The Bellwether Biennial

The evolution of the Whitney Biennial, an American institution

The 2017 edition opening weeks after the dawning of the new Trump era of American politics, the significance of the Whitney Biennial as a barometer of America’s culture may be more than ever. Founded in 1931 by the artist Gertrude Vanderbilt Whitney as a grass roots initiative to support and show her fellow American artists, the museum flagship’s exhibition refused to adhere to the conservative, hierarchical exhibiting rules of the contemporary academy, instead presenting new work, by young artists, in an open, un-juried selection of work chosen by the artists themselves. The three curators responsible for the first Whitney Annual in 1932 (it would only become a Biennial in 1973) were themselves artists, and two of them went on to become the directors of the museum. This early grounding of its identity in the figure of the artist has been critical in shaping the Whitney’s continual re- assessment of what constitutes American art; Vanderbilt Whitney’s artist-centric, risk-taking approach has remained at the core of both the museum’s mission and the Biennial’s.

The willingness to take a chance on untested artists and ideas has allowed the exhibition to respond to the moment, year after year. Over time, the Biennial’s status as a recurring event has embedded that “rapid response” sensibility in the museum’s DNA as well. As such, the exhibition has a unique place in the pantheon of Biennials: a bellwether of the museum’s own internal evolution as well as that of the American artistic climate.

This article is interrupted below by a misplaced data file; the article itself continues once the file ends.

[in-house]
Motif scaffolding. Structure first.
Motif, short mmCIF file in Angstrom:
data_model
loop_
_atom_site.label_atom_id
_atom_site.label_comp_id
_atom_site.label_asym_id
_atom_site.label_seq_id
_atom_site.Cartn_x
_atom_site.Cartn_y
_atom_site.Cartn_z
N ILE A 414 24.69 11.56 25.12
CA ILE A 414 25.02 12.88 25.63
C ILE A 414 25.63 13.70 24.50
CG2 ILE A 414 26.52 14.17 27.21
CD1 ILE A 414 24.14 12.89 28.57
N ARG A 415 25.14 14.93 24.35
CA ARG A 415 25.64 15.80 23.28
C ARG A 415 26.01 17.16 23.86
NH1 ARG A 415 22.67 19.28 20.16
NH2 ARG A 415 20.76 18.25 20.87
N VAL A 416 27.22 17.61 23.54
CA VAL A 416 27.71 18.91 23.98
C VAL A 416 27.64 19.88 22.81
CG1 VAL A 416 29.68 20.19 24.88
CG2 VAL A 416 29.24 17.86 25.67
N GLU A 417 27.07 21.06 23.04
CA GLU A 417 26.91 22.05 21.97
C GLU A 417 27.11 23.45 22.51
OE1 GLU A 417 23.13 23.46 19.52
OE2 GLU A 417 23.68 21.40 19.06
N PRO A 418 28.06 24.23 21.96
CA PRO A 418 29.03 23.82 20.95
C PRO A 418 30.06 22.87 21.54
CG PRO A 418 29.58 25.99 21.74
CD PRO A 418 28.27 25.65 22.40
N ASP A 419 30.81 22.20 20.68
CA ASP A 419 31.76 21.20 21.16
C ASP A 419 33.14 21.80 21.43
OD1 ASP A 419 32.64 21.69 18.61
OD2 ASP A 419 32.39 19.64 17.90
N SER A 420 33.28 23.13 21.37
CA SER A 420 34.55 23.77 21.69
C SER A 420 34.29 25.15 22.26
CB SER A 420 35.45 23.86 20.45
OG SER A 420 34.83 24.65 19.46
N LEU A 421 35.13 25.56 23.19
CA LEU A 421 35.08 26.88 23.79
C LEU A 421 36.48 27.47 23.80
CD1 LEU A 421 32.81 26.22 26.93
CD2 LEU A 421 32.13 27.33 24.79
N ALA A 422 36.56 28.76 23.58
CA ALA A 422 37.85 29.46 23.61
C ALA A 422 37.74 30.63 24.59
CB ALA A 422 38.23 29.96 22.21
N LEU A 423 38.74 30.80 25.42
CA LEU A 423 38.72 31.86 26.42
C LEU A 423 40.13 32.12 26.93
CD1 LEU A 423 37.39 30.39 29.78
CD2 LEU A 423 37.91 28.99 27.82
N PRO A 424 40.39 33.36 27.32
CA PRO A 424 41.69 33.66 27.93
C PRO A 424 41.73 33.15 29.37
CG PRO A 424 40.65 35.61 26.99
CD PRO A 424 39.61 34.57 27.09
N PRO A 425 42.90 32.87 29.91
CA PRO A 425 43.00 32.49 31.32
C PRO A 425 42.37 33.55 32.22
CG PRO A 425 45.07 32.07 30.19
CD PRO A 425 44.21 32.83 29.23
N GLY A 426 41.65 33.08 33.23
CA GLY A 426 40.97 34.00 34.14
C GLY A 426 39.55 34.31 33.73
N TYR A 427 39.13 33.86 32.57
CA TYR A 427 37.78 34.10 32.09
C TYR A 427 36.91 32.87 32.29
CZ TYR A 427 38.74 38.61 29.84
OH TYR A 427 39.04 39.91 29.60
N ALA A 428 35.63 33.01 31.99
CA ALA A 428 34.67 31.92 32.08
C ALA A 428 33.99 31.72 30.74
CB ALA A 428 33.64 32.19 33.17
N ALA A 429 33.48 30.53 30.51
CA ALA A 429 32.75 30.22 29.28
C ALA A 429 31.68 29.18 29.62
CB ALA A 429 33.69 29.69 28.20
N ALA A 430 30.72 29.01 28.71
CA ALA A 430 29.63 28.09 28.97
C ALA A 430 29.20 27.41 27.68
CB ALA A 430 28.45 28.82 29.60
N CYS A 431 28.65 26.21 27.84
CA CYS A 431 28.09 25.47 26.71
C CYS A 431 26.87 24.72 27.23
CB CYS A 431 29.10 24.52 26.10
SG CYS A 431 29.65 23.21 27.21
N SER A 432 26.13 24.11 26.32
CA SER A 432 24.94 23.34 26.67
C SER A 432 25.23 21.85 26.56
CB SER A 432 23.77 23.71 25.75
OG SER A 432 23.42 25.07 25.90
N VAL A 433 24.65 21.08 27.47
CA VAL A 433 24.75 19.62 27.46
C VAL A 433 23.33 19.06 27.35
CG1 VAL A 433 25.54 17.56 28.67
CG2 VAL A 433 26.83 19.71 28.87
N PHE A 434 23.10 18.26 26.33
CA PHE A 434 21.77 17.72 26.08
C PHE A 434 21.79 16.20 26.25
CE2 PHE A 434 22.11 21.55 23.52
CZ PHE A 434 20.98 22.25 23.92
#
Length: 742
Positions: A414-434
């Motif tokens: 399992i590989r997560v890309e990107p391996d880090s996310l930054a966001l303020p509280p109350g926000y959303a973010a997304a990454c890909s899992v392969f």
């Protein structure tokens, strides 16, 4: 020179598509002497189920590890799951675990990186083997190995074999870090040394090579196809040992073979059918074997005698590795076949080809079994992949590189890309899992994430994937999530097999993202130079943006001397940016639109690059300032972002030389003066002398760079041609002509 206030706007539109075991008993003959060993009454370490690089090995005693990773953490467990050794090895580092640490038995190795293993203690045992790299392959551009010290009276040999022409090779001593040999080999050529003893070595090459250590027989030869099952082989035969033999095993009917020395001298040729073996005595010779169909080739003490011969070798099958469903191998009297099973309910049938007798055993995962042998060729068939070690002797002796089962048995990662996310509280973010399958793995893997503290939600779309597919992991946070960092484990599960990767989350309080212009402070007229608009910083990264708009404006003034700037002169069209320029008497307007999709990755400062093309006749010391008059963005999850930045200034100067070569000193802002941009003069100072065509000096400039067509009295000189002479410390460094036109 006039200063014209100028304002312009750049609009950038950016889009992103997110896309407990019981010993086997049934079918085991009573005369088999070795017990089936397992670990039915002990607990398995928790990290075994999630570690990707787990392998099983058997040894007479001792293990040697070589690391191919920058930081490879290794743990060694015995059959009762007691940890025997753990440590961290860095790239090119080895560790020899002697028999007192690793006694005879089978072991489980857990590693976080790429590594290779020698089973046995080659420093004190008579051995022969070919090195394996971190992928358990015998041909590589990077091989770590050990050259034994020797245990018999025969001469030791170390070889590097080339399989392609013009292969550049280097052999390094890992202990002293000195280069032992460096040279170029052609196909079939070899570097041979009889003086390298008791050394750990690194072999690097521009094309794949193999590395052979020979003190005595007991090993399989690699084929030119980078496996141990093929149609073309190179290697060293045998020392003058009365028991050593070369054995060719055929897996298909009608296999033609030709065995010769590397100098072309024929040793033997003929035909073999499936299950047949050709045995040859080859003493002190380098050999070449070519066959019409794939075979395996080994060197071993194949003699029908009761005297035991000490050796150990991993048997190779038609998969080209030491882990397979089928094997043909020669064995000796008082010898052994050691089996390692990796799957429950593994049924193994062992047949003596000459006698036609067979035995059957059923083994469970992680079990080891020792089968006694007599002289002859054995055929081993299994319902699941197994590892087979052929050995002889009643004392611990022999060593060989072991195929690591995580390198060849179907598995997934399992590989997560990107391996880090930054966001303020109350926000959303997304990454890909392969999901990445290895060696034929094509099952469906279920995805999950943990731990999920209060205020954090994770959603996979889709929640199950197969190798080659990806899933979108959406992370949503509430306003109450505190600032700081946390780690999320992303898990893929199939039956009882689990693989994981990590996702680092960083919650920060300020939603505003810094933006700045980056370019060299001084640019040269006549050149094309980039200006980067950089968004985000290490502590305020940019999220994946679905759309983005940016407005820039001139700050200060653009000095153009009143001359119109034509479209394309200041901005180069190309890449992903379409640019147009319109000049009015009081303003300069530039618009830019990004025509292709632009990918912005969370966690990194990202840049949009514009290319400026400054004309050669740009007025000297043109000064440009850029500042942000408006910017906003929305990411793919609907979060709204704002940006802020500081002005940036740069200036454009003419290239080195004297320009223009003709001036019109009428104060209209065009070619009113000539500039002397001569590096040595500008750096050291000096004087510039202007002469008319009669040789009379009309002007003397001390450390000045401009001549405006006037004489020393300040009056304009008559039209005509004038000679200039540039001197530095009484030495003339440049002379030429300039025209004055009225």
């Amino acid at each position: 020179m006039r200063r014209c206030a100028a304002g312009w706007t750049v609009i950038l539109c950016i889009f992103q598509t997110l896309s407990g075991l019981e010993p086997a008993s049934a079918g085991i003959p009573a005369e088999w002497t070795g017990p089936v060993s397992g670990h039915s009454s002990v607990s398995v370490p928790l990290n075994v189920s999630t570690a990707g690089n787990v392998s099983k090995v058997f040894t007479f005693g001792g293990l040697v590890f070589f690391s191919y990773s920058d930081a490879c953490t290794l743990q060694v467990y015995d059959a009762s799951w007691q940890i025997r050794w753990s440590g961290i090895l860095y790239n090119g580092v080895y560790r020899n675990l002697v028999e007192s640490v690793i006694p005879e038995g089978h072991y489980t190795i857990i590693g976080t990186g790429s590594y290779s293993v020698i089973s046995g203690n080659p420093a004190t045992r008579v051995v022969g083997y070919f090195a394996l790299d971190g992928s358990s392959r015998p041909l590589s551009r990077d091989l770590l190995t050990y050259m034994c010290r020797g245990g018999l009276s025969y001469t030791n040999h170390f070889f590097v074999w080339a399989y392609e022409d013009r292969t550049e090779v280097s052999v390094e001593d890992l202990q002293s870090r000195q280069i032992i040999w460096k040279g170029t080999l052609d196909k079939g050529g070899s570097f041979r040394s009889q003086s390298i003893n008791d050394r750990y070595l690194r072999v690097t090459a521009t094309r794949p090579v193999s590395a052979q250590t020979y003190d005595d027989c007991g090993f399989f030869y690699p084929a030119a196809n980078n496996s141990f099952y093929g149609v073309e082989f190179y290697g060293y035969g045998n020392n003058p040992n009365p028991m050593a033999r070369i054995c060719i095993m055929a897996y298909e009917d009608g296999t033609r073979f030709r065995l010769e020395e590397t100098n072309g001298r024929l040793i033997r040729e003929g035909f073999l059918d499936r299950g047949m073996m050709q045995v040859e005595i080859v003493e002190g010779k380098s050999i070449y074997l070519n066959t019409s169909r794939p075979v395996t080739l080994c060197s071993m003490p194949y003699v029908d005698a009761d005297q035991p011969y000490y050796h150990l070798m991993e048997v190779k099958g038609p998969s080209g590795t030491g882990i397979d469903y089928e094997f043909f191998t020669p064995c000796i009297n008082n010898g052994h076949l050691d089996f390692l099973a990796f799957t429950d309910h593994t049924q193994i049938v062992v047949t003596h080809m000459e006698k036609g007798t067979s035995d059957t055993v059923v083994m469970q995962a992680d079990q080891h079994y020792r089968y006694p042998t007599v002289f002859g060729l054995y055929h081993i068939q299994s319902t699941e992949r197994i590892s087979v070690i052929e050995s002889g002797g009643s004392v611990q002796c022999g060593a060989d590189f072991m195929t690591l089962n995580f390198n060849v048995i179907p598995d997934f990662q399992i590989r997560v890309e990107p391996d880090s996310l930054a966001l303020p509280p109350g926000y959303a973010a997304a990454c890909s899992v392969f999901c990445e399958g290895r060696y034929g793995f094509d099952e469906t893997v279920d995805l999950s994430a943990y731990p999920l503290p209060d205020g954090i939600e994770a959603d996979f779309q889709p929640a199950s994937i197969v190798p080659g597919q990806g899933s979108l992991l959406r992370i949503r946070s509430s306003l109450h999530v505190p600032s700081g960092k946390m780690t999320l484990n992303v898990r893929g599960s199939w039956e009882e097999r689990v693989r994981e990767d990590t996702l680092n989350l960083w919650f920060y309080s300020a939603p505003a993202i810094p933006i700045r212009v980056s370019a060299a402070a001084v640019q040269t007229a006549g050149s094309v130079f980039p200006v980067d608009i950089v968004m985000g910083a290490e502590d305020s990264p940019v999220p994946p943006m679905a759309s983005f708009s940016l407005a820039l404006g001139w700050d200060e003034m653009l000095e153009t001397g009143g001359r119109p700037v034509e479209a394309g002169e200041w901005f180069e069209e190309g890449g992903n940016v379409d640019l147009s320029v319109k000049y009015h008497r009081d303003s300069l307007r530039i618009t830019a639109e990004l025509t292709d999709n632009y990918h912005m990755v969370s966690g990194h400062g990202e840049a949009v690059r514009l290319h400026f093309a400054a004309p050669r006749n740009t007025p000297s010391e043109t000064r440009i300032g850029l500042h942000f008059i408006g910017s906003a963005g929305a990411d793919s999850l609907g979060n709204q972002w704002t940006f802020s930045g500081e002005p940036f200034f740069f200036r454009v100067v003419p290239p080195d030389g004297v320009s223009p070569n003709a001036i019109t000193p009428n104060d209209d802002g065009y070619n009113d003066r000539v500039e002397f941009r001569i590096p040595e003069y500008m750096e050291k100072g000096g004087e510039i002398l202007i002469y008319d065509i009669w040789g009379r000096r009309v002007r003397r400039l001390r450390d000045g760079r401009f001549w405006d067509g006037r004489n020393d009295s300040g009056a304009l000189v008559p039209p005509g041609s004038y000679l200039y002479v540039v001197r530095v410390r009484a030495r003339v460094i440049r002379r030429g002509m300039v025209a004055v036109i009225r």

Robert Henri, Gertrude Vanderbilt Whitney, 1916. Courtesy: Whitney Museum of American Art

Robert Henri, Gertrude Vanderbilt Whitney, 1916. Courtesy: Whitney Museum of American Art

After the Second World War, then young Jackson Pollock’s debut in the 1946 Biennial, one devoted to primarily abstract work, was a key signal of this ability to rapidly respond to shifts in American modernism. When the art market began to gather strength at the beginning of the 1980s, the Biennial took on a more thematic structure and the museum’s curatorial staff began to work on some editions with outside curators. Loose themes like figuration, painting, or the East Village brought new young artists such as Jeff Koons, Julian Schnabel, Robert Mapplethorpe, and Christopher Wool into the Whitney’s fold. A film and video program, conceived to reflect the larger themes of each edition, continued to build a parallel momentum.